Re: [MMUSIC] BUNDLE TEXT: Offerer procedures (June 6th)

Paul Kyzivat <pkyzivat@alum.mit.edu> Fri, 07 June 2013 19:23 UTC

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Date: Fri, 07 Jun 2013 15:22:58 -0400
From: Paul Kyzivat <pkyzivat@alum.mit.edu>
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To: Christer Holmberg <christer.holmberg@ericsson.com>
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Subject: Re: [MMUSIC] BUNDLE TEXT: Offerer procedures (June 6th)
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On 6/7/13 2:55 PM, Christer Holmberg wrote:
>
> Hi,
>
>>> After reading Paul's and Martin's comments, I am suggesting a change to the separation between BSO and BRO.
>>>
>>> Again, the names will be changed, but I'll leave that for now - but I DO like the Bundle Negotiation Offer (BNO) suggestion made by Martin :)
>>>
>>> In the current text, I separate between BSO and BRO pretty much based on the type address information in the "m=" lines of the SDP Offer. I have realized that it doesn't work very well.
>>>
>>> So, a new suggestion is that the separation is done based on the PURPOSE of the SDP Offer, NOT the type of address information in the "m=" lines (of course, in many cases they go hand-in-hand).
>>
>> Note that offers and answers may contain more than just one set of
>> bundled m-lines. They may contain unbundled m-lines, and multiple
>> bundles. So the purpose of a particular offer may be complex, trying to
>> satisfy different needs for various parts of the SDP. That complicates
>> making such a distinction.
>
> I guess it should be more clear that the definition is per bundle group within an SDP Offer, not necessairly the whole SDP body.

I think the BSO must be determined over the entire O/A, not on a 
per-bundle basis. Otherwise the new offer is being sent with the intent 
to change *something* in it.

>>> A BSO would be used ONLY for synchronization purpose, or making the SDP "stable".
>>
>> So this is just intended to describe the case where both ends have
>> reached agreement on what they want to do, and don't want to change
>> that, but the agreed pair of SDPs doesn't describe that agreement in the
>> standard way? This additional O/A is used *solely* to put things into
>> the standardized representation?
>
> Correct.
>
>> And if things end up in the standardized form without a BSO then one is
>> not sent?
>
> Correct.
>
>> If so, then the receiver of the offer can tell that it is a BSO by
>> analyzing it in the context of what the prior O/A had been. But there is
>> no particular reason to do so, because it doesn't affect the behavior of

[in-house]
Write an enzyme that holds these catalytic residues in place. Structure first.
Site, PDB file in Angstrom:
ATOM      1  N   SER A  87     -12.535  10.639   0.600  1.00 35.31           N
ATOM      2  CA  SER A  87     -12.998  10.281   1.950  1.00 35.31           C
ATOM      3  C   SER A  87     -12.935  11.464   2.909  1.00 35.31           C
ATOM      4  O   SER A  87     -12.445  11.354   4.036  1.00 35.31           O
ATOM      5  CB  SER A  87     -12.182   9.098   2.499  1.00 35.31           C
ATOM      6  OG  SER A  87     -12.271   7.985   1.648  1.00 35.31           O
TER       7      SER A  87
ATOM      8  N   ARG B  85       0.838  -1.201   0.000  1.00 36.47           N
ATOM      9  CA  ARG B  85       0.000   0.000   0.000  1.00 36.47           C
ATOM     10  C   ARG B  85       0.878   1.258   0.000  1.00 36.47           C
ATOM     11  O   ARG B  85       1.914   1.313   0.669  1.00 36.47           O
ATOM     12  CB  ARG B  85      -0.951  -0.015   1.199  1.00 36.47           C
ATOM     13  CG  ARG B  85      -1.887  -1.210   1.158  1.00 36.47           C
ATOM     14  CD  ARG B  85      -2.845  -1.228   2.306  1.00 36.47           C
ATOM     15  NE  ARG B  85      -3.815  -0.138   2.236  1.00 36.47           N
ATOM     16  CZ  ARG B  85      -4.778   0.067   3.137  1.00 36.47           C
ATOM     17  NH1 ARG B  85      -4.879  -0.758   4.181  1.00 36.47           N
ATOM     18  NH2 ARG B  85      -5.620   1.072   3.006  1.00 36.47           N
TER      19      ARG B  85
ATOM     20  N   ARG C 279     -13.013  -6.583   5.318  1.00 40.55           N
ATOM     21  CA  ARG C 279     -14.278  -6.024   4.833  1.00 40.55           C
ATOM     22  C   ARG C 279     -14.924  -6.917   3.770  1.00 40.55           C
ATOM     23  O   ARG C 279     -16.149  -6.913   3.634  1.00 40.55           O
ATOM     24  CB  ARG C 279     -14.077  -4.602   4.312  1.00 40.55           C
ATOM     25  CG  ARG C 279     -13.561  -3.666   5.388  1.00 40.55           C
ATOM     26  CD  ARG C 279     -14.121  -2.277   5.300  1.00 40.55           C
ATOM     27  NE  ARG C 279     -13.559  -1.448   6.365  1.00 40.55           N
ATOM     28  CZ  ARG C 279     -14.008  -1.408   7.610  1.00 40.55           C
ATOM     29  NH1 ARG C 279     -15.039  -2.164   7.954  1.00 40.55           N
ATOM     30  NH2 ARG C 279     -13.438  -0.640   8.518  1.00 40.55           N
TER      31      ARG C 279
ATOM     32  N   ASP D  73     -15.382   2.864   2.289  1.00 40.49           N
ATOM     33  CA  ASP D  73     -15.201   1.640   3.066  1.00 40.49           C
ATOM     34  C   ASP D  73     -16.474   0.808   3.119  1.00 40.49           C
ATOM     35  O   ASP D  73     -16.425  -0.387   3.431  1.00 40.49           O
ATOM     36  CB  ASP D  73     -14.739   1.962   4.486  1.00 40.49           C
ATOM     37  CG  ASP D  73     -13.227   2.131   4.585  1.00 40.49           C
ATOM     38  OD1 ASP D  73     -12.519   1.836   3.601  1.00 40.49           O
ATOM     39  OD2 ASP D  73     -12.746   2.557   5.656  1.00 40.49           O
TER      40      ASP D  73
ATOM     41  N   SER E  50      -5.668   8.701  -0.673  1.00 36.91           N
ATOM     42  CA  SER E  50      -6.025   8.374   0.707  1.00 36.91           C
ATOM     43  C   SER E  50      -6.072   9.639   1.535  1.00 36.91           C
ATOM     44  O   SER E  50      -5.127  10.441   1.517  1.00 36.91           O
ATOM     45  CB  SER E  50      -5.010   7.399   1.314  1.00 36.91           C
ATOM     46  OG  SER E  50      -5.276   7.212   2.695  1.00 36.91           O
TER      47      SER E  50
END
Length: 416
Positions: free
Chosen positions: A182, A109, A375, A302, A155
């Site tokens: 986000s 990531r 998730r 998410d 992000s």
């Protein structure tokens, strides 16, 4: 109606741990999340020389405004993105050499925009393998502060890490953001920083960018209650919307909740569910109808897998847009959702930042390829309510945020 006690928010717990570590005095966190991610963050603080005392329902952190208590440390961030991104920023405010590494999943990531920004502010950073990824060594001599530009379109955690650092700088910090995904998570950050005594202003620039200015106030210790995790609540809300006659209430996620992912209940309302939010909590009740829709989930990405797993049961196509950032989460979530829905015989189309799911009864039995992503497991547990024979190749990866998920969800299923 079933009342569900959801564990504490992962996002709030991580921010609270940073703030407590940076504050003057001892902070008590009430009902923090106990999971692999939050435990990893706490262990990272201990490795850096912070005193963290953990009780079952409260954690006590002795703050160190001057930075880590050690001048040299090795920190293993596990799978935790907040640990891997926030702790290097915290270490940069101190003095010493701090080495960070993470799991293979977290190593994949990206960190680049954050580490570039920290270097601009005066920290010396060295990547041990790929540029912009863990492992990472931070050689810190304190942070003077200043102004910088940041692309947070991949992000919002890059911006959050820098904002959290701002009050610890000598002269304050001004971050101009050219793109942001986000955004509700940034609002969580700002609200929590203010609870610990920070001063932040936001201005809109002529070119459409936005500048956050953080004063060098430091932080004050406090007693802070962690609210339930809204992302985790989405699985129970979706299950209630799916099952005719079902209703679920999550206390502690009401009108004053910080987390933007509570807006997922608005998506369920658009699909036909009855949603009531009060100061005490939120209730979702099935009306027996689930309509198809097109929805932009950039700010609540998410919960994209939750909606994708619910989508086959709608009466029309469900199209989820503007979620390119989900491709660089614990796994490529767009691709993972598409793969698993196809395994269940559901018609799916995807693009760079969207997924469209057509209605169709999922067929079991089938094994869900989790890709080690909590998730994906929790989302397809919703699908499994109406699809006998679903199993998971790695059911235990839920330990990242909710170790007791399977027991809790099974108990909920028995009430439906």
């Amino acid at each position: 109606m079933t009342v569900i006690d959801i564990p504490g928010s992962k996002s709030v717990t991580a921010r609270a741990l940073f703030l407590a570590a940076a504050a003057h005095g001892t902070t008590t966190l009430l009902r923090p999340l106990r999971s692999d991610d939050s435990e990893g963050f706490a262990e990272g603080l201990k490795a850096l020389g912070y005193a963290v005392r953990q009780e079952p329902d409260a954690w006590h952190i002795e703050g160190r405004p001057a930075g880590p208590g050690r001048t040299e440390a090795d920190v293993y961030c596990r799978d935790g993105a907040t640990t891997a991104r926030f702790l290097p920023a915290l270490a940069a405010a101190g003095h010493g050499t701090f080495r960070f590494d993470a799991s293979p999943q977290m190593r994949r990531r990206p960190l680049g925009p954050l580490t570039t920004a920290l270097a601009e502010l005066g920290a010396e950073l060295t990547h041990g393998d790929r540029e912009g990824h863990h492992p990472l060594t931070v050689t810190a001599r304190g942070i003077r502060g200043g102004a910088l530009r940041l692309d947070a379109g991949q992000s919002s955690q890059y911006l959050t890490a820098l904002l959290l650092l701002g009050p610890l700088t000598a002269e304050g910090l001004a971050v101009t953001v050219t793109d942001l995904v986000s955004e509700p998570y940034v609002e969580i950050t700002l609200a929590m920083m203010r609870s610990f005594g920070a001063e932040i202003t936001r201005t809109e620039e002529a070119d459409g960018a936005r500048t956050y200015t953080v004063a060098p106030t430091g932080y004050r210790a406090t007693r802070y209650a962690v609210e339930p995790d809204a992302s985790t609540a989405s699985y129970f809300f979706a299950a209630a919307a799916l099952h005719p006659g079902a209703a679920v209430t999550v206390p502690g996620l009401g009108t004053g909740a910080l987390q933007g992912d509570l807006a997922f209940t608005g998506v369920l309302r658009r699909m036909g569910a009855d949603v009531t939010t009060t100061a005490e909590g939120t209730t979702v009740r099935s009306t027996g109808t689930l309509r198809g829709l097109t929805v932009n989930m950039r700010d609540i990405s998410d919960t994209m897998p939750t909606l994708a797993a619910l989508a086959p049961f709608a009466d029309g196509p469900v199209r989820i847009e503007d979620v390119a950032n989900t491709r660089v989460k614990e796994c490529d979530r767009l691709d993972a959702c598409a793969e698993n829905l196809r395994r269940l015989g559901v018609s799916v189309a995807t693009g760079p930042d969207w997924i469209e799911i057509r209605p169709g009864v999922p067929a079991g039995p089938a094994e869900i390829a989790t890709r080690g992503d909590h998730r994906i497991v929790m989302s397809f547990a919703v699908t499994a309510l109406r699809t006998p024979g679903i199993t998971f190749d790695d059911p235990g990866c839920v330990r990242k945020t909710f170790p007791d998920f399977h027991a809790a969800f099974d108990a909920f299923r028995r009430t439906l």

>> the answerer.
>>
>> The value of the term must be simply to facilitate the description of
>> offerer behavior. Following an O/A exchange that has left things in a
>> non-canonical form, the offerer in that exchange is required to send a BSO.
>>
>> And I think the need for a BSO can indeed only be determined after
>> receiving the answer. It is largly driven by the structure of the offer,
>> but even so, certain answers may eliminate the need for the BSO.
>
> The reason for sending the BSO is not the Answerer - it is because of intermediaries that don't understand BUNDLE.

I realize that the BSO is not being sent for the benefit of the 
answerer. My point was that the need to send the BSO is determined by 
the offerer, but cannot be determined until the answer has been received.

>>> A BRO would be used to negotiate the usage of BUNDLE, to add/remove/modify "m=" lines and/or the bundle address. So, even an with
>>> the same address information in each "m=" line could be an BRO, if the purpose is to modify the SDP in one way or another.
>>
>> So an offer that *changes* *anything* is a BRO, while one that changes
>> nothing but puts things in the correct form is called a BSO.
>
> Correct.
>
>> That definition might work from the point of view of the offer.
>> But note that even with a BSO the answer might change something.
>>
>> E.g. the answerer could change its bundle address, or it could reject
>> some m-lines. (But I don't think it is possible for the answer to do
>> anything valid that will prevent the intent of the BSO from being achieved.)
>
> I think that's ok.
>
> Because, even without BUNDLE, if an Offerer sends a SIP re-INVITE/UPDATE with an unmodified SDP Offer (e.g. because of session-timer usage), the SDP Answer may still change.
>
> One question, though, is whether the SDP o= line version number should be incremented when sending a BSO (assuming everything, including the non-BUNDLE stuff, in the SDP body is unmodified). From a pure SDP perspective, the address information for certain "m=" lines may have changed, eventhough from a BUNDLE perspective it is just about synchronization.

I've always had a problem with o-lines.
AFAICT the only value they bring (at least in the context of O/A) is as 
an optimization: if the new one says via the o-line that it is identical 
to the prior one then perhaps you can simply not process it.

But I think an implementation would be insane to trust this. There is 
too much of a chance that there will be a changed SDP with an unchanged 
o-line. So I think a reasonable implementation will at least do a 
comparison of the whole body before optimizing for an unchanged one. (Or 
else it will do any optimization on an element by element basis.)

BUT, on the off chance that anybody does use the o-line that way, then I 
think it must be marked as changed. It isn't identical, and the reason 
its not, and is being sent, is because of the changes it contains. Those 
changes may have different significance to intermediaries than to the 
UAS, but its important that the difference be recognized.

If *nothing* is changed, then there is no reason to send the BSO.

Of course the *answer* to the BSO most likely will be unchanged from the 
prior answer, so the o-line for that ought to reflect that.

	Thanks,
	Paul